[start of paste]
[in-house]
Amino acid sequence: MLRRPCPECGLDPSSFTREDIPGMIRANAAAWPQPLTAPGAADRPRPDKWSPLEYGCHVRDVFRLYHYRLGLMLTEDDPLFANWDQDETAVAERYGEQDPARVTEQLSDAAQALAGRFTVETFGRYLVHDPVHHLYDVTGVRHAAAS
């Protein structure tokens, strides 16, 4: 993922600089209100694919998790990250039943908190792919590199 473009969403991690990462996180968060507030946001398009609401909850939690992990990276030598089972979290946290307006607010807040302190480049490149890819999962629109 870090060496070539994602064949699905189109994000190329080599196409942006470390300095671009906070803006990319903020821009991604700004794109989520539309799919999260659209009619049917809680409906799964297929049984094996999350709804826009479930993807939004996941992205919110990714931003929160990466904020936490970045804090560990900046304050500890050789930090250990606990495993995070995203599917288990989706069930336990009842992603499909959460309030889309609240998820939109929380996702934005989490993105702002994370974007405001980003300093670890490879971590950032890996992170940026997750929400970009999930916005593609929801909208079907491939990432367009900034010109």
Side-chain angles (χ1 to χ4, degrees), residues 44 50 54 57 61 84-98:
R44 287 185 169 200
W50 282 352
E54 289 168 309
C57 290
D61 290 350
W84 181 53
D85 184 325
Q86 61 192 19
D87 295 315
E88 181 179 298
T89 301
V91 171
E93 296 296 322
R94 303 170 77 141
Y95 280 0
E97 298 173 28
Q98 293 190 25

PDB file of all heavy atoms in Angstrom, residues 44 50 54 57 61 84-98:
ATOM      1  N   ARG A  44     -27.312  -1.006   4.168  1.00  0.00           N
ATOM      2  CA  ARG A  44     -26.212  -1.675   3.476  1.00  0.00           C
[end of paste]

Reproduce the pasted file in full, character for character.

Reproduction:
[in-house]
Amino acid sequence: MLRRPCPECGLDPSSFTREDIPGMIRANAAAWPQPLTAPGAADRPRPDKWSPLEYGCHVRDVFRLYHYRLGLMLTEDDPLFANWDQDETAVAERYGEQDPARVTEQLSDAAQALAGRFTVETFGRYLVHDPVHHLYDVTGVRHAAAS
């Protein structure tokens, strides 16, 4: 993922600089209100694919998790990250039943908190792919590199 473009969403991690990462996180968060507030946001398009609401909850939690992990990276030598089972979290946290307006607010807040302190480049490149890819999962629109 870090060496070539994602064949699905189109994000190329080599196409942006470390300095671009906070803006990319903020821009991604700004794109989520539309799919999260659209009619049917809680409906799964297929049984094996999350709804826009479930993807939004996941992205919110990714931003929160990466904020936490970045804090560990900046304050500890050789930090250990606990495993995070995203599917288990989706069930336990009842992603499909959460309030889309609240998820939109929380996702934005989490993105702002994370974007405001980003300093670890490879971590950032890996992170940026997750929400970009999930916005593609929801909208079907491939990432367009900034010109």
Side-chain angles (χ1 to χ4, degrees), residues 44 50 54 57 61 84-98:
R44 287 185 169 200
W50 282 352
E54 289 168 309
C57 290
D61 290 350
W84 181 53
D85 184 325
Q86 61 192 19
D87 295 315
E88 181 179 298
T89 301
V91 171
E93 296 296 322
R94 303 170 77 141
Y95 280 0
E97 298 173 28
Q98 293 190 25

PDB file of all heavy atoms in Angstrom, residues 44 50 54 57 61 84-98:
ATOM      1  N   ARG A  44     -27.312  -1.006   4.168  1.00  0.00           N
ATOM      2  CA  ARG A  44     -26.212  -1.675   3.476  1.00  0.00           C